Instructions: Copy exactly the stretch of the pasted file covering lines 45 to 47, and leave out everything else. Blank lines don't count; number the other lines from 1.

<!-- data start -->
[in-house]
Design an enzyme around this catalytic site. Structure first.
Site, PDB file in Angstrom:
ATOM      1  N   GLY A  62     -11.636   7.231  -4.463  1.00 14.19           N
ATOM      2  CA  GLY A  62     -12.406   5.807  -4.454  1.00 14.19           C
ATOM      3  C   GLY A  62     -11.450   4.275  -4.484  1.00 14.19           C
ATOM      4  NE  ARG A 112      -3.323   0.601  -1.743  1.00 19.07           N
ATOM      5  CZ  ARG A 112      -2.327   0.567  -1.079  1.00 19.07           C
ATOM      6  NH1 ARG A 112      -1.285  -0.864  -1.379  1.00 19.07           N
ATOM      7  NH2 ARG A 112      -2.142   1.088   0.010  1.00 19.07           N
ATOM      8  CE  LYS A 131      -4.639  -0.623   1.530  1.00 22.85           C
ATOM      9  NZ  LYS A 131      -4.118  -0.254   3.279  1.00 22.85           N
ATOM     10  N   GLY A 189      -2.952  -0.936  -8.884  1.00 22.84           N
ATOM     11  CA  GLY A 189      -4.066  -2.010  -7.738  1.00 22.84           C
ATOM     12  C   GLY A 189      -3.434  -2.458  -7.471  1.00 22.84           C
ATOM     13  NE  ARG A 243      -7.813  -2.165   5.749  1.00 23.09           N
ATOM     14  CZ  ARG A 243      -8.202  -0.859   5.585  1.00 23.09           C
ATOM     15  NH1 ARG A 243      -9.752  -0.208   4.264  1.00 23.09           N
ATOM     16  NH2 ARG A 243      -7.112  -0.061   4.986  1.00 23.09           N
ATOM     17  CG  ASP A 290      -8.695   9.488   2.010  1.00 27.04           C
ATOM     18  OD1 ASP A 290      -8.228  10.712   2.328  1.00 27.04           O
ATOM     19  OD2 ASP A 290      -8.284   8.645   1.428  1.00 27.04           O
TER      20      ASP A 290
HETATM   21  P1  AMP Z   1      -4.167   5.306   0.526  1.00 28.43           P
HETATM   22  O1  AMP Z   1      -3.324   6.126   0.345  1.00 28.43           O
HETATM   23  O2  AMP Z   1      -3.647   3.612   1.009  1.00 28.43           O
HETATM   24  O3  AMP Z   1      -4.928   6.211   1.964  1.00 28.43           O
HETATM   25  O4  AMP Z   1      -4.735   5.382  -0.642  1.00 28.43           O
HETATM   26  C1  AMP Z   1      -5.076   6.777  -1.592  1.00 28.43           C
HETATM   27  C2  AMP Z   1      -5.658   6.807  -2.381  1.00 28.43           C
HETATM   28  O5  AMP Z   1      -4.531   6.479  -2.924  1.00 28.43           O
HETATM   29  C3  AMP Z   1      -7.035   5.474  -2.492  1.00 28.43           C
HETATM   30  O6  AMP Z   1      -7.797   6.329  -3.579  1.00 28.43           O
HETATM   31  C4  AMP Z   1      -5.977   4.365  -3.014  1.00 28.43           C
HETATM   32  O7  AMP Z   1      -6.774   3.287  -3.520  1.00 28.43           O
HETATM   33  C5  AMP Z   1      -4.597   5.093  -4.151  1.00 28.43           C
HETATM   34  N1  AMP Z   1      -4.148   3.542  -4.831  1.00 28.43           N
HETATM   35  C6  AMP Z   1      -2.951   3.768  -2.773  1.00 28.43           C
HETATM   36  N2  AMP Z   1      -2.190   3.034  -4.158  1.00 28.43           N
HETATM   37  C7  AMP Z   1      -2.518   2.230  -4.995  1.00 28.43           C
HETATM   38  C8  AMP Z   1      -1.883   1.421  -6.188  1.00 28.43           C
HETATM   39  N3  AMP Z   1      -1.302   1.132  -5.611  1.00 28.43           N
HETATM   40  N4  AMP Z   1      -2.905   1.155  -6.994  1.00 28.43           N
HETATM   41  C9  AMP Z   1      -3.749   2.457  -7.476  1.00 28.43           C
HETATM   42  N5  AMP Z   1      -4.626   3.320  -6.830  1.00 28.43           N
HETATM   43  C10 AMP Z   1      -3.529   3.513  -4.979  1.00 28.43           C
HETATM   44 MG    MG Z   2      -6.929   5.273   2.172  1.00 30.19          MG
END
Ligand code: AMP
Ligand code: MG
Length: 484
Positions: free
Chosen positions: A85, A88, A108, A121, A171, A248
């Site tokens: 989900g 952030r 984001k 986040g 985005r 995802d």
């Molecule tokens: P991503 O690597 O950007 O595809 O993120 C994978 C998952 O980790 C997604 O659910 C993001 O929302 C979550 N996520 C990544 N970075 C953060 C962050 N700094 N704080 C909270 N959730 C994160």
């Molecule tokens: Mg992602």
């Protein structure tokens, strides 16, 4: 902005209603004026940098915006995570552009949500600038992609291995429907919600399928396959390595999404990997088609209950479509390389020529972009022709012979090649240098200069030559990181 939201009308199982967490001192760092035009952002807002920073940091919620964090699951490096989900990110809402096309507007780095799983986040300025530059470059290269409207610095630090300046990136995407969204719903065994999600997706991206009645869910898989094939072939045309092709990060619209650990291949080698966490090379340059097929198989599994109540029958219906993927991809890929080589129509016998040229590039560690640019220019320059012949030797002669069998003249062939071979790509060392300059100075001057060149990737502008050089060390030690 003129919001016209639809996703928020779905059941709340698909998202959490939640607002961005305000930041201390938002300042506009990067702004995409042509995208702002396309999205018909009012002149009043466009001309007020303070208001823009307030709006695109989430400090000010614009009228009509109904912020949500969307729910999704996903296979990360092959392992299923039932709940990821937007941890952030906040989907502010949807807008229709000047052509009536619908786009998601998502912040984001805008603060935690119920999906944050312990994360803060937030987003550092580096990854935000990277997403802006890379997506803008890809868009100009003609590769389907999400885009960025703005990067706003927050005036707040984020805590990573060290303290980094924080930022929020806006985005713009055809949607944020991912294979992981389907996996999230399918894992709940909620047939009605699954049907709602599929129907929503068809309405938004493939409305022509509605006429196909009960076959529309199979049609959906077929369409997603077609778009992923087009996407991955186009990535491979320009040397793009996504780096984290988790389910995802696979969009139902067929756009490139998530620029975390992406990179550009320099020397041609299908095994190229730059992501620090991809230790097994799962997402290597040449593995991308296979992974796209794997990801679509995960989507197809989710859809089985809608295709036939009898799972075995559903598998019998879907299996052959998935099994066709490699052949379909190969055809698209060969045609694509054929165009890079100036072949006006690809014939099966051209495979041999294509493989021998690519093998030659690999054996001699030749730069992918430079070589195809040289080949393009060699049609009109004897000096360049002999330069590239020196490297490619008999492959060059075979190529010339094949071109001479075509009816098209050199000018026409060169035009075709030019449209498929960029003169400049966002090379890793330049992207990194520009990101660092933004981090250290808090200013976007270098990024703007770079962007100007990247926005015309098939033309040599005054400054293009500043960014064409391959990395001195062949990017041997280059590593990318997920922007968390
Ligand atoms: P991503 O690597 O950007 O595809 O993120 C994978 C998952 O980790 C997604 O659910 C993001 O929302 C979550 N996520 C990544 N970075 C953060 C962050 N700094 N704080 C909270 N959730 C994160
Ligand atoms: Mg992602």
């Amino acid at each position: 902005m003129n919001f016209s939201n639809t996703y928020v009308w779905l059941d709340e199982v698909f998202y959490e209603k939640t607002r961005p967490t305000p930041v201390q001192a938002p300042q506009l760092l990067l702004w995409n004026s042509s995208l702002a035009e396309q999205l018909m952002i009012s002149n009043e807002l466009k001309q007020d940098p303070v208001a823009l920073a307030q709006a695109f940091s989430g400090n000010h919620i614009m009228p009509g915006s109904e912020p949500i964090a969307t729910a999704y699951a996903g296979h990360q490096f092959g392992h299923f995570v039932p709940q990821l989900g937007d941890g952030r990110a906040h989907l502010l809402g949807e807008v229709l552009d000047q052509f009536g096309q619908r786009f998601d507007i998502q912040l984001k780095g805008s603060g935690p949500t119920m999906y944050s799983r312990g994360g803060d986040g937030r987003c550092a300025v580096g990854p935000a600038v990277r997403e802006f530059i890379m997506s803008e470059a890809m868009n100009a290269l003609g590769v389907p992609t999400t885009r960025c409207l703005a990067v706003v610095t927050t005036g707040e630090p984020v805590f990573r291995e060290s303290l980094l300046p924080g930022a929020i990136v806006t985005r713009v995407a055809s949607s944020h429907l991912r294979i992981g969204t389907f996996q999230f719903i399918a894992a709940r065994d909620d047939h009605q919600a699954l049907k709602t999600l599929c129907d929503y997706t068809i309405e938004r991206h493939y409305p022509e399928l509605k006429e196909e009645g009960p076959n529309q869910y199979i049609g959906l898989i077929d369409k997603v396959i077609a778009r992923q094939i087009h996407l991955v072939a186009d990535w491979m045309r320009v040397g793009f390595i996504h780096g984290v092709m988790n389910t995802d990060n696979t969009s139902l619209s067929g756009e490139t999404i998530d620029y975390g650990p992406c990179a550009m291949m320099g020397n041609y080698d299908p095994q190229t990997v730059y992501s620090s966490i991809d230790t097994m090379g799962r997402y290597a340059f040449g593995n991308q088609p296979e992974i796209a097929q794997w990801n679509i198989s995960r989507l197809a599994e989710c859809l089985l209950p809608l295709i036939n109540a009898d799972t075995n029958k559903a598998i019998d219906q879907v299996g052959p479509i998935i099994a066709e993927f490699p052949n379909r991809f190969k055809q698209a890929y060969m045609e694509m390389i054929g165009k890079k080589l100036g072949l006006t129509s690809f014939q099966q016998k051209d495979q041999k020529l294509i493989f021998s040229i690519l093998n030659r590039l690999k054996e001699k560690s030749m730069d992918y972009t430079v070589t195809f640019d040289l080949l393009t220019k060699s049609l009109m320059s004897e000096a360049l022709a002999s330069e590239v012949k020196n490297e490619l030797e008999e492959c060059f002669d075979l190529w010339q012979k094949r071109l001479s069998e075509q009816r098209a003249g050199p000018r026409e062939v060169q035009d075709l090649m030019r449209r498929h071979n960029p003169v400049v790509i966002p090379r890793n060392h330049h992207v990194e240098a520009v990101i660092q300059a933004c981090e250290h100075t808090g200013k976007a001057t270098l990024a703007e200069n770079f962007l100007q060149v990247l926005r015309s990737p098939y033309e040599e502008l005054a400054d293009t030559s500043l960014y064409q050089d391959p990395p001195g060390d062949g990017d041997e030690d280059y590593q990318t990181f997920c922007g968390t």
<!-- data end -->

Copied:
HETATM   42  N5  AMP Z   1      -4.626   3.320  -6.830  1.00 28.43           N
HETATM   43  C10 AMP Z   1      -3.529   3.513  -4.979  1.00 28.43           C
HETATM   44 MG    MG Z   2      -6.929   5.273   2.172  1.00 30.19          MG